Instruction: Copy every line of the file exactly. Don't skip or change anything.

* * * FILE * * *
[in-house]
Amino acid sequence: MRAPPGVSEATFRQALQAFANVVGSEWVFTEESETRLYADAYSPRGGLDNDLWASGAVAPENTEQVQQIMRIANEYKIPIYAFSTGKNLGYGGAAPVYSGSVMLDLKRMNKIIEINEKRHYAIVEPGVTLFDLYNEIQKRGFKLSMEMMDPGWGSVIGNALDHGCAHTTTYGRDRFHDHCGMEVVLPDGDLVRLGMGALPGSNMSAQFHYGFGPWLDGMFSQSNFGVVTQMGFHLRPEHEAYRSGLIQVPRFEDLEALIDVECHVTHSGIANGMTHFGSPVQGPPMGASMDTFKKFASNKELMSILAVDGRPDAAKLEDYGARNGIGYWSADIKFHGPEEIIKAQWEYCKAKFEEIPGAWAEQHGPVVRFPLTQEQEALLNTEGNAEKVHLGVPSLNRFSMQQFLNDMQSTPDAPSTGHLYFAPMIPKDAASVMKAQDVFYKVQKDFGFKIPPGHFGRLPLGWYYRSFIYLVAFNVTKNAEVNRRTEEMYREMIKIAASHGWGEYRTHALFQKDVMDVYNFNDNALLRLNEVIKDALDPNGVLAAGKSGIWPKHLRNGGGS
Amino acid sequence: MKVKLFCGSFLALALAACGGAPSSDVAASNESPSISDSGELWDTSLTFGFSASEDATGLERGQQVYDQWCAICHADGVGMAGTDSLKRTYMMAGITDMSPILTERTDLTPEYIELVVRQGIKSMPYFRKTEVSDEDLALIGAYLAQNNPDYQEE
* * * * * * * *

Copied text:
[in-house]
Amino acid sequence: MRAPPGVSEATFRQALQAFANVVGSEWVFTEESETRLYADAYSPRGGLDNDLWASGAVAPENTEQVQQIMRIANEYKIPIYAFSTGKNLGYGGAAPVYSGSVMLDLKRMNKIIEINEKRHYAIVEPGVTLFDLYNEIQKRGFKLSMEMMDPGWGSVIGNALDHGCAHTTTYGRDRFHDHCGMEVVLPDGDLVRLGMGALPGSNMSAQFHYGFGPWLDGMFSQSNFGVVTQMGFHLRPEHEAYRSGLIQVPRFEDLEALIDVECHVTHSGIANGMTHFGSPVQGPPMGASMDTFKKFASNKELMSILAVDGRPDAAKLEDYGARNGIGYWSADIKFHGPEEIIKAQWEYCKAKFEEIPGAWAEQHGPVVRFPLTQEQEALLNTEGNAEKVHLGVPSLNRFSMQQFLNDMQSTPDAPSTGHLYFAPMIPKDAASVMKAQDVFYKVQKDFGFKIPPGHFGRLPLGWYYRSFIYLVAFNVTKNAEVNRRTEEMYREMIKIAASHGWGEYRTHALFQKDVMDVYNFNDNALLRLNEVIKDALDPNGVLAAGKSGIWPKHLRNGGGS
Amino acid sequence: MKVKLFCGSFLALALAACGGAPSSDVAASNESPSISDSGELWDTSLTFGFSASEDATGLERGQQVYDQWCAICHADGVGMAGTDSLKRTYMMAGITDMSPILTERTDLTPEYIELVVRQGIKSMPYFRKTEVSDEDLALIGAYLAQNNPDYQEE